Unveiling tales behind the faces
Adrienne Jansen has years of experience working with immigrants new to New Zealand and the issues newcomers face: the isolation of living far from the country and culture of your birth, the loss of family and friends and all the challenges a new, unfamiliar life presents. She also pinpoints the gratitude of immigrants to be here in a place “so raw, so fresh, so uncluttered by history and bullet holes in walls”.
Among Jansen’s previous writing are the widely read I Have in My Arms Both Ways and the text she provided for The Crescent Moon: The Asian Face of Islam in New Zealand, in collaboration with photographer Ans Westra. Most recently she co-authored Migrant Journeys: New Zealand Taxi Drivers Tell Their Stories.
At a time when issues of immigration, migrant rights and institutional racism make headlines both here and abroad, a novel that connects us with our minority cultures is both educational and welcome. What’s more, Jansen has the ear and the eye to present these issues in a bright, lively and even quirky tale.
Her chosen cast is led by Marko from Bulgaria, a famed concert violinist or possibly a KGB spy. Tom McNamara, journalist, is on to the story. Stefan, a piano tuner who fled Portugal after he might have accidently killed a man, lives just across the hall from Marko in the inner-city block of social housing flats. He now continues his profession by craning his customers’ instruments up and over the balcony and into the tiny interior of his pokey fourth-floor apartment.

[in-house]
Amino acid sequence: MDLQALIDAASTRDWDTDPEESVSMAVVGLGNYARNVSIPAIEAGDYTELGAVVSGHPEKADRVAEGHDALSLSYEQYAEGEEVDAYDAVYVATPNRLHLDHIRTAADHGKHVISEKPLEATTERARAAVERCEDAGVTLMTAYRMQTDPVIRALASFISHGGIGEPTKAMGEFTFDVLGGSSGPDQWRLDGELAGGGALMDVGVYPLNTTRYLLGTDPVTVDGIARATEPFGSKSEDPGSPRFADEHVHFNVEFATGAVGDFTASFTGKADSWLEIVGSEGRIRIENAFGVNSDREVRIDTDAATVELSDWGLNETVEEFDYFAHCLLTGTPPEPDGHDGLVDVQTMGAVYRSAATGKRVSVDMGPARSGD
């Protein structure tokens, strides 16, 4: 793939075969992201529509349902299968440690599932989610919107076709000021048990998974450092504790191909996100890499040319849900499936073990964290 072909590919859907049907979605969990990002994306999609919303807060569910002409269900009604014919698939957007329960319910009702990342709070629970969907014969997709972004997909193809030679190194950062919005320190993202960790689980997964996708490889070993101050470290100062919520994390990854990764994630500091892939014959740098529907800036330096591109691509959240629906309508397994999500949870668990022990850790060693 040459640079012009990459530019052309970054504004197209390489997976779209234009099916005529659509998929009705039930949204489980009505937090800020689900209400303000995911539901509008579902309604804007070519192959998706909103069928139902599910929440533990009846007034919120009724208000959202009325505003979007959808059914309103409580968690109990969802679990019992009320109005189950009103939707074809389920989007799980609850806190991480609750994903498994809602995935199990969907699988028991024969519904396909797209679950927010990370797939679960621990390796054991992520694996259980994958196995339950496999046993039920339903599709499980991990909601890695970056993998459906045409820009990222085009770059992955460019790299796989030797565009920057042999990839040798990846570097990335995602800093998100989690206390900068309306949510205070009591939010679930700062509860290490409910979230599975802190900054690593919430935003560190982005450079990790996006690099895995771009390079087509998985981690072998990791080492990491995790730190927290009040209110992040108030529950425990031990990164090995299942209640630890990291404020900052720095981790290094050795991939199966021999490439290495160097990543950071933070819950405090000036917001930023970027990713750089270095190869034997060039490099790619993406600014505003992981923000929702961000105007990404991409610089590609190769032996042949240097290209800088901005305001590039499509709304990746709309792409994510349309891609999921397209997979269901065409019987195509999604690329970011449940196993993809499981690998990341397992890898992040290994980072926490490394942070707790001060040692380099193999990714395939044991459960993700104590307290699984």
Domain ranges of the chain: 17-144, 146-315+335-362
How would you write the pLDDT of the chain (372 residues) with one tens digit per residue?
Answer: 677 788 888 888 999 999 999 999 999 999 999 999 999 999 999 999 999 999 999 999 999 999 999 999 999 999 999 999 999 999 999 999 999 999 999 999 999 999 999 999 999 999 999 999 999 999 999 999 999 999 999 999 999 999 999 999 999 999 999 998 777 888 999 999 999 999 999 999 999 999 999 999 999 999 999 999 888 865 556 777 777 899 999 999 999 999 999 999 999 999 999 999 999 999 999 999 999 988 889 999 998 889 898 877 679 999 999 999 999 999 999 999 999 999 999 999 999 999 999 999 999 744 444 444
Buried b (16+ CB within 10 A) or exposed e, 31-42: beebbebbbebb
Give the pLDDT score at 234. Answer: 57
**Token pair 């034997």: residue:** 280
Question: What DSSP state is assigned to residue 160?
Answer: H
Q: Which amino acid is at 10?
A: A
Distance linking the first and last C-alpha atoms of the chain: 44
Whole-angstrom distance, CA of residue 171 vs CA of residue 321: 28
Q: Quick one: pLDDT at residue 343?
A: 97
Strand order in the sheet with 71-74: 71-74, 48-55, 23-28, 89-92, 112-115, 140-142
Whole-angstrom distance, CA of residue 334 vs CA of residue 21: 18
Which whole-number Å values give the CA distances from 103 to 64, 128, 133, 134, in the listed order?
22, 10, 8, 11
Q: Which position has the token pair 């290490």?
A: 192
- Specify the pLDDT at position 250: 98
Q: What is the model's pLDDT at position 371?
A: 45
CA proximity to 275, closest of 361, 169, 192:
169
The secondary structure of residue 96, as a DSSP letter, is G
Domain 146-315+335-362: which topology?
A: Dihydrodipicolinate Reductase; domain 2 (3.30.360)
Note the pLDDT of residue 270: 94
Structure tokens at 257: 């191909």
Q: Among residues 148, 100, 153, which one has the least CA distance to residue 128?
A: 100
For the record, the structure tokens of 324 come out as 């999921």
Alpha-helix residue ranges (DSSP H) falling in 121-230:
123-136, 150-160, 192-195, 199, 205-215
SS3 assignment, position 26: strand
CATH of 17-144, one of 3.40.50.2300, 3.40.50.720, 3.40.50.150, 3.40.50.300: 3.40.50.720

Haider, photographer, is a traumatised refugee from Baghdad and Nada, a hairdresser from Serbia, with two children in university, is still searching for a new man. Then there is Harminder Singh, ex-accountant now driving a taxi and dabbling in blackmail to supplement his survival, and an ancient Polish second-hand bookstore owner.
The plot thickens when a rent rise by the council sends the whole building into panic and into the hatching of a plan. But underlying the panic and the fear “like graffiti painted on the air” and the “desperate silence behind every door” flows the music: Stefan’s soft piano playing in the night, the muffled sound of the violin as Marko dares to take bow to strings again, in the tight confines of his bathroom.
Jansen takes us on the ride with understanding and just the right amount of humour, so we emerge at the end with renewed understanding, compassion and a wish to welcome.
A CHANGE OF KEY by Adrienne Jansen (Escalator Press, $28) Reviewed by Bernadette Rae